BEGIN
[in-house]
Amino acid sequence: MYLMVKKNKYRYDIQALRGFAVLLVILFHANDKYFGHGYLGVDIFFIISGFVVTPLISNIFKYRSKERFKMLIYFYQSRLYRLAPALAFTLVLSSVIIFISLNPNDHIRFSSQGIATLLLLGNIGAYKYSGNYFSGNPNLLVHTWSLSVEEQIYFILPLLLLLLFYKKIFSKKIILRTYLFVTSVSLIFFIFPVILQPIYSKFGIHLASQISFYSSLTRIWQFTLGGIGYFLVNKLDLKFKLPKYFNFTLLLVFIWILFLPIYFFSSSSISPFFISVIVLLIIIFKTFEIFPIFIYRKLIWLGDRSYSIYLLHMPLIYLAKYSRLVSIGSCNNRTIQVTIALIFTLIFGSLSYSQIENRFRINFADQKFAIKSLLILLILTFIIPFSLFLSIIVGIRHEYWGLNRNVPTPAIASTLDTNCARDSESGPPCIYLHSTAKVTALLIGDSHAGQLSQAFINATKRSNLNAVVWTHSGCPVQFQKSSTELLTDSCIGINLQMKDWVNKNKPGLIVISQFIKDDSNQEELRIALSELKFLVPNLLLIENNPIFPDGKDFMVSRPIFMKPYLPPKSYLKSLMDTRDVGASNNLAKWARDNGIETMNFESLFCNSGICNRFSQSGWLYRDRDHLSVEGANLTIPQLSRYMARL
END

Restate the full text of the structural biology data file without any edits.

[in-house]
Amino acid sequence: MYLMVKKNKYRYDIQALRGFAVLLVILFHANDKYFGHGYLGVDIFFIISGFVVTPLISNIFKYRSKERFKMLIYFYQSRLYRLAPALAFTLVLSSVIIFISLNPNDHIRFSSQGIATLLLLGNIGAYKYSGNYFSGNPNLLVHTWSLSVEEQIYFILPLLLLLLFYKKIFSKKIILRTYLFVTSVSLIFFIFPVILQPIYSKFGIHLASQISFYSSLTRIWQFTLGGIGYFLVNKLDLKFKLPKYFNFTLLLVFIWILFLPIYFFSSSSISPFFISVIVLLIIIFKTFEIFPIFIYRKLIWLGDRSYSIYLLHMPLIYLAKYSRLVSIGSCNNRTIQVTIALIFTLIFGSLSYSQIENRFRINFADQKFAIKSLLILLILTFIIPFSLFLSIIVGIRHEYWGLNRNVPTPAIASTLDTNCARDSESGPPCIYLHSTAKVTALLIGDSHAGQLSQAFINATKRSNLNAVVWTHSGCPVQFQKSSTELLTDSCIGINLQMKDWVNKNKPGLIVISQFIKDDSNQEELRIALSELKFLVPNLLLIENNPIFPDGKDFMVSRPIFMKPYLPPKSYLKSLMDTRDVGASNNLAKWARDNGIETMNFESLFCNSGICNRFSQSGWLYRDRDHLSVEGANLTIPQLSRYMARL